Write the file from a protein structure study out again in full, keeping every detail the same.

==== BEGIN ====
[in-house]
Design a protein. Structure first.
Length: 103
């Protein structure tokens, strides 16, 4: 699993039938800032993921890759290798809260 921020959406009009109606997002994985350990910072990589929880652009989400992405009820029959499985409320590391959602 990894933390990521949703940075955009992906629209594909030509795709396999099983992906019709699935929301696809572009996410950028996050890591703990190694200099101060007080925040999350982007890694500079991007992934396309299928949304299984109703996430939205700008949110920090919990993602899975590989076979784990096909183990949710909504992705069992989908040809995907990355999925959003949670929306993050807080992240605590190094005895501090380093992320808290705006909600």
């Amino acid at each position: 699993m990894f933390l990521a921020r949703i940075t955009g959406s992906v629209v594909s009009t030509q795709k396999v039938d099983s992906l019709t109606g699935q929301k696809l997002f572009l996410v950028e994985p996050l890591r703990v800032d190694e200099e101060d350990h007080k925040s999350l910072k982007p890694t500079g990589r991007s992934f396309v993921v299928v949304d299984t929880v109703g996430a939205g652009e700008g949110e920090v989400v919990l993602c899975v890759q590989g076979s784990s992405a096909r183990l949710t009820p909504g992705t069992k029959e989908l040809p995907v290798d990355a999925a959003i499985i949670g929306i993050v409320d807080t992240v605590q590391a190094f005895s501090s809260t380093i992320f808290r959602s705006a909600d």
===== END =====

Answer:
[in-house]
Design a protein. Structure first.
Length: 103
């Protein structure tokens, strides 16, 4: 699993039938800032993921890759290798809260 921020959406009009109606997002994985350990910072990589929880652009989400992405009820029959499985409320590391959602 990894933390990521949703940075955009992906629209594909030509795709396999099983992906019709699935929301696809572009996410950028996050890591703990190694200099101060007080925040999350982007890694500079991007992934396309299928949304299984109703996430939205700008949110920090919990993602899975590989076979784990096909183990949710909504992705069992989908040809995907990355999925959003949670929306993050807080992240605590190094005895501090380093992320808290705006909600």
């Amino acid at each position: 699993m990894f933390l990521a921020r949703i940075t955009g959406s992906v629209v594909s009009t030509q795709k396999v039938d099983s992906l019709t109606g699935q929301k696809l997002f572009l996410v950028e994985p996050l890591r703990v800032d190694e200099e101060d350990h007080k925040s999350l910072k982007p890694t500079g990589r991007s992934f396309v993921v299928v949304d299984t929880v109703g996430a939205g652009e700008g949110e920090v989400v919990l993602c899975v890759q590989g076979s784990s992405a096909r183990l949710t009820p909504g992705t069992k029959e989908l040809p995907v290798d990355a999925a959003i499985i949670g929306i993050v409320d807080t992240v605590q590391a190094f005895s501090s809260t380093i992320f808290r959602s705006a909600d």